PORTERS’S FIVE FORCES
Agenda
•The

Five Competitive Forces That Shape Strategy
•Various Factors That Shape Strategy
•Changes in Industry Structu...
Supply side economics
eg. Intel

Threat of New Entrant
Depends on height of
entry barriers

Threat of New
Entrant

Demand ...
Power of suppliers
Switching costs
eg. Bottling plants
for Coke, Pepsi

Differentiated
products being
offered
eg. Pharmace...
Power of Buyers

Causes for price sensitivity

Few buyers, High
volumes
eg. Offshore drilling
machines

Cost of purchase
h...
Threat of Substitutes

Price
Performance
trade-off

Cost of
switching is low
Rivalries among existing competition
Large in
number, equal in
power and size

Exit barriers are
high

Slow growth in
indu...
Factors not Forces
Industry Growth Rate
Technology and Innovation
Government

Complementary Products and
Services
Changes in Industry Structure
Shifting threat of new entry
Changing Supplier or Buyer Power
Shifting threat of substitutio...
Implications for Strategy
Possiblities

Shaping
industry
structure

Re-dividing
profitability

Positioning
the company

Ex...
Competition and Value
Porters’s five forces
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Porters’s five forces

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A detailed description of the five forces described by Michael Porter along with examples, along with various factors that go hand in hand with these forces in defining the competition for that industry.

Published in: Business

Porters’s five forces

  1. 1. PORTERS’S FIVE FORCES
  2. 2. Agenda •The Five Competitive Forces That Shape Strategy •Various Factors That Shape Strategy •Changes in Industry Structure Bargaining power of •Implications for Strategy suppliers •Competition and Values Threat of new entrants Rivalry among existing competitors Threat of substitutes Bargaining power of buyers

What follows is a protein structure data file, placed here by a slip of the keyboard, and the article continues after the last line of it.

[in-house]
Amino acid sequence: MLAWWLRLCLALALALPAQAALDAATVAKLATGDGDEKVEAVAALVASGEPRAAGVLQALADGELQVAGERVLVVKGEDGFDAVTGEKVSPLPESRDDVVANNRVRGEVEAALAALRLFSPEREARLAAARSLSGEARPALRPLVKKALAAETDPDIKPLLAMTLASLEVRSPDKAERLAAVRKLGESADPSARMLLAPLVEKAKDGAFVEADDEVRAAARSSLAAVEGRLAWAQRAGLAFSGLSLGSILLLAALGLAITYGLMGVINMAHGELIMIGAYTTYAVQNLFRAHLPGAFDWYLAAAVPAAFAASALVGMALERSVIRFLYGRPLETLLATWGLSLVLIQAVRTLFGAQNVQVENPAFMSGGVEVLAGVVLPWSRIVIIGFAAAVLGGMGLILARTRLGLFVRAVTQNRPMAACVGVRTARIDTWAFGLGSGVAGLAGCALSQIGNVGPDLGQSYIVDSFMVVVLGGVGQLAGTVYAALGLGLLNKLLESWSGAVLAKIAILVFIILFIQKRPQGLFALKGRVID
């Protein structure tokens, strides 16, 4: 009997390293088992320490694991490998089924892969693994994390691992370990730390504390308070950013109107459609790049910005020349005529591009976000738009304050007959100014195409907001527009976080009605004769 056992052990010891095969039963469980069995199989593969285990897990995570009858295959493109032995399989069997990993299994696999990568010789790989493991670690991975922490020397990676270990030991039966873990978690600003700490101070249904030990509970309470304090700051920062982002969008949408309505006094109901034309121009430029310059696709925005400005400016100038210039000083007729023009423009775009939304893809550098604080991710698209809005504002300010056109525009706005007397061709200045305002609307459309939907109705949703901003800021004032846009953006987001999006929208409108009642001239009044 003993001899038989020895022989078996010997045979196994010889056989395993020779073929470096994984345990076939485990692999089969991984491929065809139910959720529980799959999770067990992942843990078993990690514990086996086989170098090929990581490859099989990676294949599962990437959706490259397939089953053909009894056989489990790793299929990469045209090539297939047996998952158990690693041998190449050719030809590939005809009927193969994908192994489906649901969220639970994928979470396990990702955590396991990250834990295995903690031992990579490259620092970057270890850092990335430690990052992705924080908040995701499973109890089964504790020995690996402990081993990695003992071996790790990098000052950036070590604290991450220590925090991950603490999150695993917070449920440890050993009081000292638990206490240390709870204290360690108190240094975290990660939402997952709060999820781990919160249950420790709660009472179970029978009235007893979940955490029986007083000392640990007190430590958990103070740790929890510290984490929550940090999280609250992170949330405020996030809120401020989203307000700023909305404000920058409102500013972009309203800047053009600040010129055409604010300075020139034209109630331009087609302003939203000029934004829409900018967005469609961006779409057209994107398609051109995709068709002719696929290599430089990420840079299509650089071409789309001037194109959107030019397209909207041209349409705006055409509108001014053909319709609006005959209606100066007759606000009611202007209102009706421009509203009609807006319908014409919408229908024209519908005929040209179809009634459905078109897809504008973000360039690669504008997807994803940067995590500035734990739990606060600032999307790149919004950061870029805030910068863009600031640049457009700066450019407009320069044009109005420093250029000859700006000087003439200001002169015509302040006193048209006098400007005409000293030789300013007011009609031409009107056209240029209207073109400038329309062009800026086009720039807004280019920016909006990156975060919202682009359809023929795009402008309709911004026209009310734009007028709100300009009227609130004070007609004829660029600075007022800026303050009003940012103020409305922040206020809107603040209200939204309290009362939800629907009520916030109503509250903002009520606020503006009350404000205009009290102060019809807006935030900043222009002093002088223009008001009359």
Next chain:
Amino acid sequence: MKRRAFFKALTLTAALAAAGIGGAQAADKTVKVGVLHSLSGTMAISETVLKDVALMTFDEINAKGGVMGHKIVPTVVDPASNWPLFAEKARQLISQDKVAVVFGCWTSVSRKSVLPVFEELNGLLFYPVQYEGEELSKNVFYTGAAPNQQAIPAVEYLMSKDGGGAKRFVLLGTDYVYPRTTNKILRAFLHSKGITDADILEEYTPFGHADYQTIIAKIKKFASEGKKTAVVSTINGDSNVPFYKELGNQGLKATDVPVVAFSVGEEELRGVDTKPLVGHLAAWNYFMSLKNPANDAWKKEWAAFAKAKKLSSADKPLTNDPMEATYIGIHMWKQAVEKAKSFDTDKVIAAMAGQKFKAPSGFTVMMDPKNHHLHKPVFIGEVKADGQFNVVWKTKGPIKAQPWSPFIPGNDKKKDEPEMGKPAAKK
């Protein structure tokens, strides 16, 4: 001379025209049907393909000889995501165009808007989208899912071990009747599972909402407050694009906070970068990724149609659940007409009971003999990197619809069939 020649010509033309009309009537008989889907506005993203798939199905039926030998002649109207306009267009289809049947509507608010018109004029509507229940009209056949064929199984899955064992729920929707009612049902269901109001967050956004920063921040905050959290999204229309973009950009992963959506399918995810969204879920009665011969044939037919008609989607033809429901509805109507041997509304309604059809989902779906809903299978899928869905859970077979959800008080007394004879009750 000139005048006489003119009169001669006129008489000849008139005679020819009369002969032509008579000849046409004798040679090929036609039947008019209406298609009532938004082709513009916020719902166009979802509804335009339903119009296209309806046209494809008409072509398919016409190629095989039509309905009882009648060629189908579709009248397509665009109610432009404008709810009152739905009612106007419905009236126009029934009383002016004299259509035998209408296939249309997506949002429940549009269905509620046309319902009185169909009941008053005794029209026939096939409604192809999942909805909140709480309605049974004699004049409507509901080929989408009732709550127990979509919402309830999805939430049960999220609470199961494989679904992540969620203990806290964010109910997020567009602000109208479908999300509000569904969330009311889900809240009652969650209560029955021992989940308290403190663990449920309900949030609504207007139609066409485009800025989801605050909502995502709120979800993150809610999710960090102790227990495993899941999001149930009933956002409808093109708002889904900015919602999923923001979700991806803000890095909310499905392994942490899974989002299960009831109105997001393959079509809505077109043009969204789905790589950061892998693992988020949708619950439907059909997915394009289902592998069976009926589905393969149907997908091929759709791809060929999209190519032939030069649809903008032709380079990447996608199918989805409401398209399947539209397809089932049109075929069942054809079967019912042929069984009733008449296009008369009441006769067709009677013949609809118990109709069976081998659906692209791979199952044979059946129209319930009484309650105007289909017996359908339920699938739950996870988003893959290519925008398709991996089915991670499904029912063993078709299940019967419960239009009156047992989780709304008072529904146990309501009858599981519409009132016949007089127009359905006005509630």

3. 3. Supply side economics eg. Intel Threat of New Entrant Depends on height of entry barriers Threat of New Entrant Demand Side benefits of scale eg. eBay, IBM Customer switching costs eg. Telecom sector Capital Requirements eg. Oil drilling Barriers to entry Incumbency advantages independent of size Unequal access to distribution channels eg. ITC Restrictive government policy
  4. 4. Power of suppliers Switching costs eg. Bottling plants for Coke, Pepsi Differentiated products being offered eg. Pharmaceutical companies No. of industries being served No substitute eg. Labour eg. software Monopoly eg. Microsoft Suppliers Supplier groupForward integration eg. Intel
  5. 5. Power of Buyers Causes for price sensitivity Few buyers, High volumes eg. Offshore drilling machines Cost of purchase high Threat of backward integration Undifferentiated offerings eg. Services eg. Beer companies Low switching costs eg. Telecom sector Little effect on final product Low profit making product
  6. 6. Threat of Substitutes Price Performance trade-off Cost of switching is low
  7. 7. Rivalries among existing competition Large in number, equal in power and size Exit barriers are high Slow growth in industry Offerings are identical Highly committed competition High fixed costs and low marginal costs Product is perishable
  8. 8. Factors not Forces Industry Growth Rate Technology and Innovation Government Complementary Products and Services
  9. 9. Changes in Industry Structure Shifting threat of new entry Changing Supplier or Buyer Power Shifting threat of substitution Shifting threat of new entry New bases of rivalry
  10. 10. Implications for Strategy Possiblities Shaping industry structure Re-dividing profitability Positioning the company Expanding the profit pool Exploiting industry change Defining the industry
  11. 11. Competition and Value

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